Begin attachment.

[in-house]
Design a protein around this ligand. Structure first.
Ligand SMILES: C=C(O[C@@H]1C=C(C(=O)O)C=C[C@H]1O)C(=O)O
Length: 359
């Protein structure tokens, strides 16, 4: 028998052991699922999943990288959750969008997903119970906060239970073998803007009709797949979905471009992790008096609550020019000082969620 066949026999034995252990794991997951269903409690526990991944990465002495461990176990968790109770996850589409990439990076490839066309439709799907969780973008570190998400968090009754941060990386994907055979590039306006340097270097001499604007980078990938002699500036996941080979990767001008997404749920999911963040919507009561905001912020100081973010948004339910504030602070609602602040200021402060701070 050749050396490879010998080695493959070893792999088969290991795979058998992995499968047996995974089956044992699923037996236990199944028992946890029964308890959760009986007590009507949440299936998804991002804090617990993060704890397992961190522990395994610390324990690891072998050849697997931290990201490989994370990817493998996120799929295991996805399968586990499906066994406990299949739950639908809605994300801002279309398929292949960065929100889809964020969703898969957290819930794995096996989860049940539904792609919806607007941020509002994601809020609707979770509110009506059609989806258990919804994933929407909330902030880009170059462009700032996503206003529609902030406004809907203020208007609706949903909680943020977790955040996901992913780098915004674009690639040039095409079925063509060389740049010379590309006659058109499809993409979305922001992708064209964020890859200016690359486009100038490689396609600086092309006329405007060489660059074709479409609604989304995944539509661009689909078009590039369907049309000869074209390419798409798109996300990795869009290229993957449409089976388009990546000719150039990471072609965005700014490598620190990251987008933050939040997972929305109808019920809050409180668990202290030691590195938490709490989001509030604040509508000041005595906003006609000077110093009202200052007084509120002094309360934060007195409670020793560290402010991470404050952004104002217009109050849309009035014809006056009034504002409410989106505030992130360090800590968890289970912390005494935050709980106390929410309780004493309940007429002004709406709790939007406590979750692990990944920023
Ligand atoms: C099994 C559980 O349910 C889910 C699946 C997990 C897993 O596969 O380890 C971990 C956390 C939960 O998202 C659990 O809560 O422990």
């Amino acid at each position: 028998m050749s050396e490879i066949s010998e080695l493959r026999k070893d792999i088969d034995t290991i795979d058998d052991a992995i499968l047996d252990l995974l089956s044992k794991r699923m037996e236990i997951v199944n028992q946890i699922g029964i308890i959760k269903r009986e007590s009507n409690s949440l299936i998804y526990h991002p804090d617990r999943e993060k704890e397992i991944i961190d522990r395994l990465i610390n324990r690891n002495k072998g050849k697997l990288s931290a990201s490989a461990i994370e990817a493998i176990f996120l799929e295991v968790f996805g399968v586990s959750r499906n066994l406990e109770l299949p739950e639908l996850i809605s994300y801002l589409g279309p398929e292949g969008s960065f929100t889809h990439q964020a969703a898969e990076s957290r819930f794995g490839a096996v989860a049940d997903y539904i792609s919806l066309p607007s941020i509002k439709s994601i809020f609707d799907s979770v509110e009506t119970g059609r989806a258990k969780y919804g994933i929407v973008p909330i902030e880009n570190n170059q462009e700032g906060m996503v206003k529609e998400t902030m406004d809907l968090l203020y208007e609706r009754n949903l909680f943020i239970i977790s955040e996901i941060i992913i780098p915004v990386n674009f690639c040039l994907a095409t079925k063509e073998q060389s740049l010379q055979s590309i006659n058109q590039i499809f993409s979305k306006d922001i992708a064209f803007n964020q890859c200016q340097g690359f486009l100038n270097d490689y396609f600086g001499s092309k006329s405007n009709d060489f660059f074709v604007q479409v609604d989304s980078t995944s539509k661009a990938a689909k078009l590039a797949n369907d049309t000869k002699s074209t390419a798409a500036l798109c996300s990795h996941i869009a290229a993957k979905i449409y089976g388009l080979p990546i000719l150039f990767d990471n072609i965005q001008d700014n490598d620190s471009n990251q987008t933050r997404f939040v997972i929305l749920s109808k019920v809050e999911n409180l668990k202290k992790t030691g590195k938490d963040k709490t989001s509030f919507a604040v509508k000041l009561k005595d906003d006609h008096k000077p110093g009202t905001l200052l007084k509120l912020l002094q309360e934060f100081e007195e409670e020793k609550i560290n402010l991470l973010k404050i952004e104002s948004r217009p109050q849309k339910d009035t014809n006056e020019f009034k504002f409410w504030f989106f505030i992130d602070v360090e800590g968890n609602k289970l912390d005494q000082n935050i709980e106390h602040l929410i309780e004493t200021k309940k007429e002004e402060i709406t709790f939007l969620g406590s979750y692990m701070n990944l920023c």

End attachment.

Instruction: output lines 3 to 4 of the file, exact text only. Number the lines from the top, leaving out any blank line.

Ligand SMILES: C=C(O[C@@H]1C=C(C(=O)O)C=C[C@H]1O)C(=O)O
Length: 359